I’m going to go all touristy on you now and say that a foldable raincoat is one of the most essential travel companions. I know it’s cringing, you think of a plastic see through sheet used at festivals or your parents walking round in something that resembles a bin bag, but those days are behind us and foldable rain coats have been given a stylish boost. Folding up into it’s own pocket allowing it to become as small as your smartphone and fit easily into your handbag, the packable parka is standing the test of time. I’ve had mine a few years now and I actually really like it. It’s convenient and it’s got a really nice floral pattern on pale blue, and I’ll tell you why it was essential in Paris; an umbrella was too heavy and took up too much room in my bag, so I took my foldable raincoat instead. When I headed out in the morning there were a few clouds but the sky was a bright blue and the sun was shining, I didn’t think it was going to rain, but being so light their was no harm in taking the coat just in case. Afternoon rolls around and although still very warm, the heavens opened and it chucked it down! The heavy rain came from nowhere and everyone was running into shops because they didn’t have coats. Me on the other hand, unfolded my raincoat, put it on, pulled up the hood and carried on walking down the street of Paris. Paris in the rain is just as magical as sunny Paris by the way, this city is literally always beautiful. No need to stop what I was doing and no need to get wet. I got mine from George at ASDA ages ago for £12, but they still have cute ones, just search ‘Packable Parka’ at http://direct.asda.com.
Number 4: Travel Money Card
Before I went away I was worried about how much money I would need to carry in cash to pay for the hotel, my food and souvenirs and that’s when I heard about travel cards and it was super easy to set up. After a little bit of research on the different rates, I decided on a company and went into my local travel agency branch. All I had to do was sign a form and then I was given a travel card with a PIN, I could load multiple currencies on the card, and I could do so by visiting the branch or transferring money from my bank to the travel card via their app. The card works just like your debit card, with no charge, and can be used anywhere that accepts mastercard. The only time you would see a fee is if you withdrew cash, which cost on my travel card 2 euro per withdrawal, or if you used a card filled with euros to purchase something in dollars, for example, you’d see a transaction fee, but that wasn’t a problem for me as I was dealing in one currency. I had heard mixed reviews, some people didn’t like the travel card because they came across situations where they needed cash and there is a charge to withdraw, what I would suggest is that if, like my card, the withdrawal fee is per withdrawal you’d be far better off getting a 2 euro fee for withdrawing 100 euro, instead of a 2 euro fee for withdrawing 10 euro. Alternatively what you could do, and this is what I did, is put all your money for food and paying the hotel on the card, and then your spends for souvenirs you could get in cash before you go. I took 80 euros in cash and the rest on the card and I had no need to withdraw any money. It really was so easy going into a shop, popping my card into the chip and pin machine and entering my PIN just as I would back home. Obviously, I can only talk from a Europe perspective, as I haven’t used it elsewhere.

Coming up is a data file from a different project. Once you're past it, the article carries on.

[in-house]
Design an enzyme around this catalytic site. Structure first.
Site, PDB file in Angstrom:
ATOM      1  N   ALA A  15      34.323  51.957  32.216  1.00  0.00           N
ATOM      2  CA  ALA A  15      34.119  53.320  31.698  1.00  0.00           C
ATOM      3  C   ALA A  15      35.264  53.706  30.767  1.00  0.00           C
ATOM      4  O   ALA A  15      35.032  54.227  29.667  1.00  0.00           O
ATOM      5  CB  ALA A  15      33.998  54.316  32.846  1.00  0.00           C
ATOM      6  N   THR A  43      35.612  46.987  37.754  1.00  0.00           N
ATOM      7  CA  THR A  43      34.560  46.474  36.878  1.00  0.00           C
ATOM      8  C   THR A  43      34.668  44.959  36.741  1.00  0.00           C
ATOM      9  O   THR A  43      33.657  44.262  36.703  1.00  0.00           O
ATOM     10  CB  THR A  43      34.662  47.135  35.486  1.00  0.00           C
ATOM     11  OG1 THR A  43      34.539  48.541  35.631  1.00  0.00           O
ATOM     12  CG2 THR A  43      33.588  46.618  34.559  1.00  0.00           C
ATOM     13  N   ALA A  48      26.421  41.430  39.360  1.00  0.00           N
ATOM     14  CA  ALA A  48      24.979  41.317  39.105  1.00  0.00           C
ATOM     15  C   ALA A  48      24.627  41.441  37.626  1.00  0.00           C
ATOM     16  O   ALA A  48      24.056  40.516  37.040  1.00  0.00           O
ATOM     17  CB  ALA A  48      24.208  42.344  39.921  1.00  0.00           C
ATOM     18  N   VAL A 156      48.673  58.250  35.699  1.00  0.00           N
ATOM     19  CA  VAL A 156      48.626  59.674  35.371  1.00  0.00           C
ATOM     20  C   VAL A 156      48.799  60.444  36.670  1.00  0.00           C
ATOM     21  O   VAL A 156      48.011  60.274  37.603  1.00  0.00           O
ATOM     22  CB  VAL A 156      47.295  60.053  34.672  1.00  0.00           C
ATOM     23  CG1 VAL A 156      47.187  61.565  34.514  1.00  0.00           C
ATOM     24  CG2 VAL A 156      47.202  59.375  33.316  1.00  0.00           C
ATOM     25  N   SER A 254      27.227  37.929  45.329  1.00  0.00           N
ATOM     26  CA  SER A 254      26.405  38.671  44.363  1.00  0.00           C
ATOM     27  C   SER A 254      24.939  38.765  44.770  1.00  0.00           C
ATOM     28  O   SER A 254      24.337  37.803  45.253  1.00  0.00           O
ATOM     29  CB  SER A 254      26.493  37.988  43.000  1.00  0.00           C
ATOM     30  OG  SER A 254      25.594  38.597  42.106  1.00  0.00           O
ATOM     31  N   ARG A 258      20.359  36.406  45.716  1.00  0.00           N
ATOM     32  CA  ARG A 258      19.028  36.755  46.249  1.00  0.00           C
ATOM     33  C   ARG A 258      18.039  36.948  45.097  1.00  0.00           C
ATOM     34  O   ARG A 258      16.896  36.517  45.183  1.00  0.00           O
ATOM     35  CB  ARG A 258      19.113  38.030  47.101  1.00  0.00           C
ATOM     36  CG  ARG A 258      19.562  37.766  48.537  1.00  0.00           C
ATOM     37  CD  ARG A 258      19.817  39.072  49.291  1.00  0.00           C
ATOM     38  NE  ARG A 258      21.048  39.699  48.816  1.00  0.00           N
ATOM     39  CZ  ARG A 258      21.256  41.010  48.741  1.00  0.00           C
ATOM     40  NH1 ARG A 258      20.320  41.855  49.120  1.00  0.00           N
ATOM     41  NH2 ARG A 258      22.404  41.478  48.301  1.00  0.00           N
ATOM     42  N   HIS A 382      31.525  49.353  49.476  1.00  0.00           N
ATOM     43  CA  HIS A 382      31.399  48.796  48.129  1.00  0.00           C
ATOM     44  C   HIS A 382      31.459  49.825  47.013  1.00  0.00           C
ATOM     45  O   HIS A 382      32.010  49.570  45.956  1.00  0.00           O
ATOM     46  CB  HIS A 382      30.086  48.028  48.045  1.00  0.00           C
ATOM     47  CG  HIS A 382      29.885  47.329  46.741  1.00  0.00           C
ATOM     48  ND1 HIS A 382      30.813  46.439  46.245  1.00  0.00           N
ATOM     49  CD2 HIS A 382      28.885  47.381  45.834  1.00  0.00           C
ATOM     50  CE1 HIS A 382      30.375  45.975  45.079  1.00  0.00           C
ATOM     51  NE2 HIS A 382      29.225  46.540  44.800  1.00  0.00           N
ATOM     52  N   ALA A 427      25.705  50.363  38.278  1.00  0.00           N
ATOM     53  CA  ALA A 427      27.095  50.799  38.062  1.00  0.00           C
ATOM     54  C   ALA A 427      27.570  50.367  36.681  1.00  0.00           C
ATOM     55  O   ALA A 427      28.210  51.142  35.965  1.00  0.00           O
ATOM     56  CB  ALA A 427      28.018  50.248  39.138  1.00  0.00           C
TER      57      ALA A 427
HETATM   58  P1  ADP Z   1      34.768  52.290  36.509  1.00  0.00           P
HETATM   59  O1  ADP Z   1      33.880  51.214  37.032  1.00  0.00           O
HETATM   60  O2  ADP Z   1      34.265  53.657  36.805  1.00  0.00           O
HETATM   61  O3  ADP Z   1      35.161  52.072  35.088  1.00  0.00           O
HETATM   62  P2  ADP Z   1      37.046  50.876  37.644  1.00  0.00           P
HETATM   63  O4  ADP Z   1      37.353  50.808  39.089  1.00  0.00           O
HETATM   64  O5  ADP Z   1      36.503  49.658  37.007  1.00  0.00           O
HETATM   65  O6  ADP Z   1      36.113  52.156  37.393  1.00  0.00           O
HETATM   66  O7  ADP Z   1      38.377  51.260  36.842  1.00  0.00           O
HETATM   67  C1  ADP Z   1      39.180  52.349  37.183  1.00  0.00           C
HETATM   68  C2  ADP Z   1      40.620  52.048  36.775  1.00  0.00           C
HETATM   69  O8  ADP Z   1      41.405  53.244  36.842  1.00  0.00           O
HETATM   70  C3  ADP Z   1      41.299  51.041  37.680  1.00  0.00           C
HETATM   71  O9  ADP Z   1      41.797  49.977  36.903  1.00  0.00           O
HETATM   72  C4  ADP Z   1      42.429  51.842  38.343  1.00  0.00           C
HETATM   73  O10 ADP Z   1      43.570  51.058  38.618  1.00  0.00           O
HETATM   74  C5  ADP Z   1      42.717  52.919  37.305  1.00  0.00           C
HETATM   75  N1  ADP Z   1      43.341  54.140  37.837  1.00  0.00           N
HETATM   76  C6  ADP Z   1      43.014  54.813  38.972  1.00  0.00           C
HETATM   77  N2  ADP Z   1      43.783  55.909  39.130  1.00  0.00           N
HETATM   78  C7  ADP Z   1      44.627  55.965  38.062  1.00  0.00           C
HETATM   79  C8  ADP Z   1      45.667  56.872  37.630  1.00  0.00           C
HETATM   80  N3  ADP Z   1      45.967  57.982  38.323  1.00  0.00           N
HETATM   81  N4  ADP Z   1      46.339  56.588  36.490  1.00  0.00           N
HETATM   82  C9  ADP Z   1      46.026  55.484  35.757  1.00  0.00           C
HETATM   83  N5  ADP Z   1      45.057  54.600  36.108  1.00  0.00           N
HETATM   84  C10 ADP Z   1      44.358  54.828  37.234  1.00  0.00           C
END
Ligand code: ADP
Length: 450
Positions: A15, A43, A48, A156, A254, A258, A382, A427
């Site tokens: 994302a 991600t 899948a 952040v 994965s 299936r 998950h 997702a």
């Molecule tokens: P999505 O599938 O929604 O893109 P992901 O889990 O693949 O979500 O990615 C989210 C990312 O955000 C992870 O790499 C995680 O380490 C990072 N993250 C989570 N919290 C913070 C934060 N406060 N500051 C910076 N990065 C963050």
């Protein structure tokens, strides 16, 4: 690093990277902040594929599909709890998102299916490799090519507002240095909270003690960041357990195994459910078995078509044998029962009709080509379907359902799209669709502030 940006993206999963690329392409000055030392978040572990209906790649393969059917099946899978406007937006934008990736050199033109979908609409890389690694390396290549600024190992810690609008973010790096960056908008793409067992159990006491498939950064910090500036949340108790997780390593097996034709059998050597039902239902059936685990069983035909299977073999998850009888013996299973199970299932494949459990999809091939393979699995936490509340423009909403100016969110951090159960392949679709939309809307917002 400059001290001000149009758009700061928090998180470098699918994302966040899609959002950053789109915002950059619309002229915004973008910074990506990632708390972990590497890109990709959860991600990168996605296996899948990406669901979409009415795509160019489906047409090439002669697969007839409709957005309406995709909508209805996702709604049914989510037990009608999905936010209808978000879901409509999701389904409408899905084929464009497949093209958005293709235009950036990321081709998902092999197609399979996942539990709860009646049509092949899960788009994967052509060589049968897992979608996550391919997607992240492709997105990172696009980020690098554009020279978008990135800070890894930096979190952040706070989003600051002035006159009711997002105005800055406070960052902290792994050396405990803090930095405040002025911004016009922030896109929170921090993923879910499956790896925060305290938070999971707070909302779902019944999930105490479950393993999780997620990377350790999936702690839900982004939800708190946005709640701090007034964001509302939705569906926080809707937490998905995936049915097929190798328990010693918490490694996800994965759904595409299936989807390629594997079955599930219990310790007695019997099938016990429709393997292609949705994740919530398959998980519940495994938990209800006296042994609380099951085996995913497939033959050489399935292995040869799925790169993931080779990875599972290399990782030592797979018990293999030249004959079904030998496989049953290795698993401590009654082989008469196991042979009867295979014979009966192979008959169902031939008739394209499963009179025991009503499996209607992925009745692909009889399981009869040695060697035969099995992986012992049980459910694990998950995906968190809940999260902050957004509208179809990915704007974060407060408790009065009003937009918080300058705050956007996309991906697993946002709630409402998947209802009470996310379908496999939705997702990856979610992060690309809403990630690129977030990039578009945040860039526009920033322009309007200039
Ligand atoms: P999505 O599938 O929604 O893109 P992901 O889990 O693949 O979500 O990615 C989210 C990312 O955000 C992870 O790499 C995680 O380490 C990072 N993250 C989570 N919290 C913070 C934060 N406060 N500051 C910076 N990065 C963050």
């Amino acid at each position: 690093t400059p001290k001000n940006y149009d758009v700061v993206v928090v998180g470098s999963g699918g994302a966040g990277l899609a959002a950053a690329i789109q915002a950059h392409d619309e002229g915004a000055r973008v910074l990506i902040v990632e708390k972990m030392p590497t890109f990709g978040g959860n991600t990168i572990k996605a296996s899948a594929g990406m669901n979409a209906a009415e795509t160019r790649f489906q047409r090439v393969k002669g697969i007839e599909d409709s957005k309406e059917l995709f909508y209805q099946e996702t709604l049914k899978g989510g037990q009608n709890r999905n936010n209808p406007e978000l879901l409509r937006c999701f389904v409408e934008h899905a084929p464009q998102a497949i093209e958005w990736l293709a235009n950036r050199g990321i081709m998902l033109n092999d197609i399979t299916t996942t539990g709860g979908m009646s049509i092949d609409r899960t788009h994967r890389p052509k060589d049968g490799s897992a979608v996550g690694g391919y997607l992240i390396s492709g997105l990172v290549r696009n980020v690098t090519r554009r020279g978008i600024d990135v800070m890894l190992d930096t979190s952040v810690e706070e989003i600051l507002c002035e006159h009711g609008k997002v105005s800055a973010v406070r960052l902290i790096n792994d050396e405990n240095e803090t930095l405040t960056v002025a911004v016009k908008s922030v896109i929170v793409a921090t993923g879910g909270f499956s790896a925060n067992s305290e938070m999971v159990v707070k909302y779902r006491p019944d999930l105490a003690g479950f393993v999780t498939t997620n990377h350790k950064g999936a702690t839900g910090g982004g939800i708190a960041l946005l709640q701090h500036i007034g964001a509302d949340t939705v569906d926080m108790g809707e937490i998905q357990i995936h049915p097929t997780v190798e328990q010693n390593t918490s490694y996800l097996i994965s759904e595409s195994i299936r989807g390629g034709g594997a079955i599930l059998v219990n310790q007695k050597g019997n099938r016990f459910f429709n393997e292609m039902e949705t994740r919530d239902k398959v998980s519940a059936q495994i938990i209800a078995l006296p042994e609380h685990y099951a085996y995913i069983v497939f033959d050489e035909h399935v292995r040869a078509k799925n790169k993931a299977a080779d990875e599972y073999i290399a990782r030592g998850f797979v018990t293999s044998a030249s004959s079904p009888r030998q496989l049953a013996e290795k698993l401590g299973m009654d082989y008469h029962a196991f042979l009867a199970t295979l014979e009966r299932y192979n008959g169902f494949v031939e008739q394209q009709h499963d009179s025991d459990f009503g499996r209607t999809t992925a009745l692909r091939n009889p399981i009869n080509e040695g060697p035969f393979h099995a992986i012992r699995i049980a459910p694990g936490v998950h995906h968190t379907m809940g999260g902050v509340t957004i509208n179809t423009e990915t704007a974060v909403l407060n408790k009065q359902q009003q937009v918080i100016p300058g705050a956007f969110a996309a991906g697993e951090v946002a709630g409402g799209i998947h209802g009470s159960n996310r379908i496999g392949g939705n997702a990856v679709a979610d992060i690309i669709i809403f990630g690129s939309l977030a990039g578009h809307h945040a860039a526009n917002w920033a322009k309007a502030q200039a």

Number 5: A Portable Luggage Scale
We decided not to take a suitcase and just use the allowance for one hand luggage and one handbag. The weight for the hand luggage needed to be below 10kg, which was fine on the way there with both our bags weighing around 5kg each. However, on the way home it appeared we had bought quite the load and our bags had gone up to 12kg each. We did eventually resolve this issue by wearing 4 layers of clothing and landed home with no additional costs, but we wouldn’t have been so fortunate if we hadn’t packed the portable luggage scales. We bought them for £10 and they certainly got their use as we kept weighing and re-weighing our bags to try and get the weight below 10kg. Figuring it out in the hotel was far less stressful than finding out at the airport, and I certainly won’t be going away without them.
So their you have it, the 5 things that I found invaluable on my recent trip. Hopefully what I’ve learned can help you have a stress free trip too 🙂
Happy Holidays Everybody!
Amy Williams-Weeks (AWW)